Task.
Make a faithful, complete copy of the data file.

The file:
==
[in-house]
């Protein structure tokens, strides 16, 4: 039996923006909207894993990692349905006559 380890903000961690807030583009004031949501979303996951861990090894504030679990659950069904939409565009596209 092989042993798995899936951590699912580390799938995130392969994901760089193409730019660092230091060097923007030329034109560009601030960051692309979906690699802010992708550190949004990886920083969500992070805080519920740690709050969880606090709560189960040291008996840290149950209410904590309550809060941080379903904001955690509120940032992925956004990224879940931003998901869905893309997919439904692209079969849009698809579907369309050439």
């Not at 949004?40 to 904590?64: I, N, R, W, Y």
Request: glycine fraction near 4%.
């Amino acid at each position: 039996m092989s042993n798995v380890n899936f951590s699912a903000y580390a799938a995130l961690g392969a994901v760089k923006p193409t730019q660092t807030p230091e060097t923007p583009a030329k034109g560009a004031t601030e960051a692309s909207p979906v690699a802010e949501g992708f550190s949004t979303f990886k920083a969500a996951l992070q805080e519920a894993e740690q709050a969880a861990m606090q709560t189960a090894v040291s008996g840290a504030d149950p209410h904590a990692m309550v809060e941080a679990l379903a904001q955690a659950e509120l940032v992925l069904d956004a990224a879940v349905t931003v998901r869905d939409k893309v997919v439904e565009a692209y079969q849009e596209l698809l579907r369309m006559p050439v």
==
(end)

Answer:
[in-house]
């Protein structure tokens, strides 16, 4: 039996923006909207894993990692349905006559 380890903000961690807030583009004031949501979303996951861990090894504030679990659950069904939409565009596209 092989042993798995899936951590699912580390799938995130392969994901760089193409730019660092230091060097923007030329034109560009601030960051692309979906690699802010992708550190949004990886920083969500992070805080519920740690709050969880606090709560189960040291008996840290149950209410904590309550809060941080379903904001955690509120940032992925956004990224879940931003998901869905893309997919439904692209079969849009698809579907369309050439």
């Not at 949004?40 to 904590?64: I, N, R, W, Y």
Request: glycine fraction near 4%.
């Amino acid at each position: 039996m092989s042993n798995v380890n899936f951590s699912a903000y580390a799938a995130l961690g392969a994901v760089k923006p193409t730019q660092t807030p230091e060097t923007p583009a030329k034109g560009a004031t601030e960051a692309s909207p979906v690699a802010e949501g992708f550190s949004t979303f990886k920083a969500a996951l992070q805080e519920a894993e740690q709050a969880a861990m606090q709560t189960a090894v040291s008996g840290a504030d149950p209410h904590a990692m309550v809060e941080a679990l379903a904001q955690a659950e509120l940032v992925l069904d956004a990224a879940v349905t931003v998901r869905d939409k893309v997919v439904e565009a692209y079969q849009e596209l698809l579907r369309m006559p050439v």